Tag Archives: Animals

The red-lipped batfish

I’m not saying I’d ever like to have an intimate relationship with a fish, but if I had to, like,  if it was a life-or-death situation, I’d probably choose to kiss a red-lipped batfish.

I’m sure you can see why this particular specimen would be my first choice. I’d smooch that, and give it an eskimo kiss on that big nose too.

Oh, except I wouldn’t, because that’s not actually a nose (DUH IT’S A FISH YOU IDIOT), it’s more of a fishing rod. A lure descends from this head extension in order to lure pray, akin to the  hunting methods of better-known ugly fish, the deep sea anglerfish. The way which the fish uses this lure (which could be mistaken for a dangling bogey if you did believe that head-horn to be a nose) is unclear, but it’s thought to attract pray right into the predator’s face. You can see the red-lipped batfish use its lure in the video below.

Like many creature anomalies, this strange fishy lives in the seas around the Galapagos islands. It’s not even a very good swimmer, and instead sort of walks around the seabed, making it an ever weirder fish which is looking less and less like a fish the more we learn about it.

So there we have it, the red-lipped batfish – the fish with bright red lips, who goes fishing for its dinner, and who walks rather than swims. I SALUTE YOU, WEIRDO.

(p.s. Call me x)

 

Reference:

aboutfishonline.com 

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Why the mantis shrimp should make you feel inferior.

The mantis shrimp is one of the coolest, most kick-ass animals of the sea, but don’t just take my word for it. Ask for evidence, and ye shall receive. Okay, here goes.

Firstly, these creatures are masters of disguise and illusion, for the mantis shrimp is neither a mantis, nor a shrimp. They are crustaceans, more closely related to lobsters and crabs than to either of their namesakes.

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[PEACOCK MANTIS SHRIMP – NEITHER A PEACOCK, A MANTIS NOR A SHRIMP]

So inaccurate humanoid-given names aside, one factor that immediately gives away the super-cool status of these guys is that the ~400 species of mantis shrimp can be broadly divided into two categories: Spearers and Smashers. SPEARERS. AND. SMASHERS. This name refers to what job the claws on their front appendages do best – namely, whether they have a spike on the end to STAB and SPEAR and IMPALE soft-bodied pray to death, or whether they are equipped with a club, better designed to SMASH and BASH and BLUDGEON hard-bodied neighbours up before chomping down on them for lunch.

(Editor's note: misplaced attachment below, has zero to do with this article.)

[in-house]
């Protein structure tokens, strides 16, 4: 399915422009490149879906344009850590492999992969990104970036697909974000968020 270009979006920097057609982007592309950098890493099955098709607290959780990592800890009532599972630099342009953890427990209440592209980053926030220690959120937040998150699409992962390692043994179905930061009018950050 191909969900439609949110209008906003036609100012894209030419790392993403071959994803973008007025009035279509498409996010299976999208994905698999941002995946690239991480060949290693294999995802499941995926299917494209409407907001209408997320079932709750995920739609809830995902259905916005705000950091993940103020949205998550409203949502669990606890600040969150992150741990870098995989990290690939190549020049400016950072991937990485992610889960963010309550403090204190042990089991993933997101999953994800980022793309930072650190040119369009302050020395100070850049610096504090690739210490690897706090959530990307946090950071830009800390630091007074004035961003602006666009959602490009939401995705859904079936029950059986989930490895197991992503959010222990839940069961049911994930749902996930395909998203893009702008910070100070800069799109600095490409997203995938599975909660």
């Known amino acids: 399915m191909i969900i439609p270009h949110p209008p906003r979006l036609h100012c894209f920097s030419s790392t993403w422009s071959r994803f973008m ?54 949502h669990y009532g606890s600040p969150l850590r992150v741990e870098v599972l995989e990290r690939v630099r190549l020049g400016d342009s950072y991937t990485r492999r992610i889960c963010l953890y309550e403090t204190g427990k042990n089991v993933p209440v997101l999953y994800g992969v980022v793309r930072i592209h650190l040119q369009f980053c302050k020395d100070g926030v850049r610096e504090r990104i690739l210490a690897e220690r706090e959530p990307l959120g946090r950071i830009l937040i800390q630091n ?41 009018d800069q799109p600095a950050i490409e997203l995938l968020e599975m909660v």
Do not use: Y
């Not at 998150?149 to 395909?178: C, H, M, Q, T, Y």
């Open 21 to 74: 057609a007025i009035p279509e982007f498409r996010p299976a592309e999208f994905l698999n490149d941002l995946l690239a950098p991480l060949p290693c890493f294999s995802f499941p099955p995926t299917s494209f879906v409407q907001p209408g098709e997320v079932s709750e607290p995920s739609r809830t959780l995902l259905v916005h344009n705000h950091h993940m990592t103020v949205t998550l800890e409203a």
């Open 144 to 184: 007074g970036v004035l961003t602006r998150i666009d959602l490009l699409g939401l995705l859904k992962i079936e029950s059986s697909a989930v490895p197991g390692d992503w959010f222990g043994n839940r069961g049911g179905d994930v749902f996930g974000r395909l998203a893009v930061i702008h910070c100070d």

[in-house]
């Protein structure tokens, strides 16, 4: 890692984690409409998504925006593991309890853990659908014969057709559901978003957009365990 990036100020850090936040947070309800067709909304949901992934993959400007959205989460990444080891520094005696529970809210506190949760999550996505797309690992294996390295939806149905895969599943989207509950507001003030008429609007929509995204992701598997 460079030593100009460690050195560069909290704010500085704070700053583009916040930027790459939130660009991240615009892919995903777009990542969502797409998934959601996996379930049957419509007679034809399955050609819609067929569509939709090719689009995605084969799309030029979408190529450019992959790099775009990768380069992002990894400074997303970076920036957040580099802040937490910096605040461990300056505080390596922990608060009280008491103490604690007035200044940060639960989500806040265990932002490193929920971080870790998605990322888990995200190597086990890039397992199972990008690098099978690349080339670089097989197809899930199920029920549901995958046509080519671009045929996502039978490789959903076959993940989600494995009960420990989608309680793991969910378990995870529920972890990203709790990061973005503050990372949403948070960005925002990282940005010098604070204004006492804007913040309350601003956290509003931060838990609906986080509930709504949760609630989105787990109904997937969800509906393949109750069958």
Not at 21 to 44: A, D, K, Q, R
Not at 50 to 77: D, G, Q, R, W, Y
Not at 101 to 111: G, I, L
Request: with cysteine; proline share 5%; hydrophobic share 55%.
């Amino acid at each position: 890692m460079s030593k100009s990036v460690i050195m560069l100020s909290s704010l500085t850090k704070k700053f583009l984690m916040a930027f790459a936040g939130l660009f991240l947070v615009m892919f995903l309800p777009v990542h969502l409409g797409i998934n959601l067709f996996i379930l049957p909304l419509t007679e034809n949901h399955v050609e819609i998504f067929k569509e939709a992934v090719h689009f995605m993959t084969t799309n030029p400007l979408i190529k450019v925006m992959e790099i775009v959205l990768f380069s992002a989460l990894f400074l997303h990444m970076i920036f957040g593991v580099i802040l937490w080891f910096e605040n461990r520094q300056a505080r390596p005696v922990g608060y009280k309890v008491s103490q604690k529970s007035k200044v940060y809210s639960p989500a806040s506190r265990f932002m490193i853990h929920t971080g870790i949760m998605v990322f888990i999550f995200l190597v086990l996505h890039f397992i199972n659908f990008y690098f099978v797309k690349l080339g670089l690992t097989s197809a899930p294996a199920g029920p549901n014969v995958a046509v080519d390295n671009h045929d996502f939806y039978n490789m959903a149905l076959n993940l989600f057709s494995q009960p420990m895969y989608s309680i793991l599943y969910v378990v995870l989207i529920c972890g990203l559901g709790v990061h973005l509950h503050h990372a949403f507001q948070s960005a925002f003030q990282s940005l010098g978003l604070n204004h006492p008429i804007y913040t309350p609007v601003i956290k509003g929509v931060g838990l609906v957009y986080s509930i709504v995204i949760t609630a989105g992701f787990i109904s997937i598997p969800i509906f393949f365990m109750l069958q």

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A spearer mantis shrimp in action. Source

Smasher mantis shrimps are particularly incredible – these guys can pack a harder punch than any other living thing, up to 50mph, and bear in mind that’s punching through the resistance of water. The punch of a basher mantis shrimp is often compared to being as powerful as the acceleration of a .22 calibre bullet. Oh, did I mention that the mantis shrimp’s punch is so quick that it causes the surrounding water to boil? THE MANTIS SHRIMP CAN BOIL WATER JUST BY PUNCHING IT.

Mantis shrimps are not only freakishly strong, bludgeoning hulk-crustaceans, they also boast one of the most complex visual systems known to science. To put this into perspective, let’s compare them to us: humans have three colour-receptive cones (red, blue and yellow), which allow us to perceive the world in the rainbow that we do. The mantis shrimp does not have three colour-receptive cones; it has sixteen. It can see colours that we can’t even imagine, including the ultra-violet spectrum. And just to add to their bad-ass image, scientists believe that it is possible that this incredible colour vision evolved in some species primarily for sex! We are not sure of the precise mechanisms by which mantis shrimps use colour for sexual signals, but it is thought that because no other species can see the vast spectrum of colour that certain mantis shrimps utilize, it acts as a secret channel of messaging within the species and therefore cannot be exploited by outsiders and cannot attract the attention of nearby predators. This does help to explain why these creatures are so majestically colourful.

So there you have it. The mantis shrimp is cooler than you are, and is not to be messed with. These colourful boxers and impalers of the sea are spectacular, and I suggest reading the links below to learn more about them. Oh, you probably won’t find many in captivity, though. Aquariums are often reluctant to house them since they destroy any species they are homed with and they have the ability to punch through the glass. TO PUNCH THROUGH THE GLASS. OH MY GOD. Go take a long, hard look in the mirror, puny human. And don’t even attempt to punch your way through it.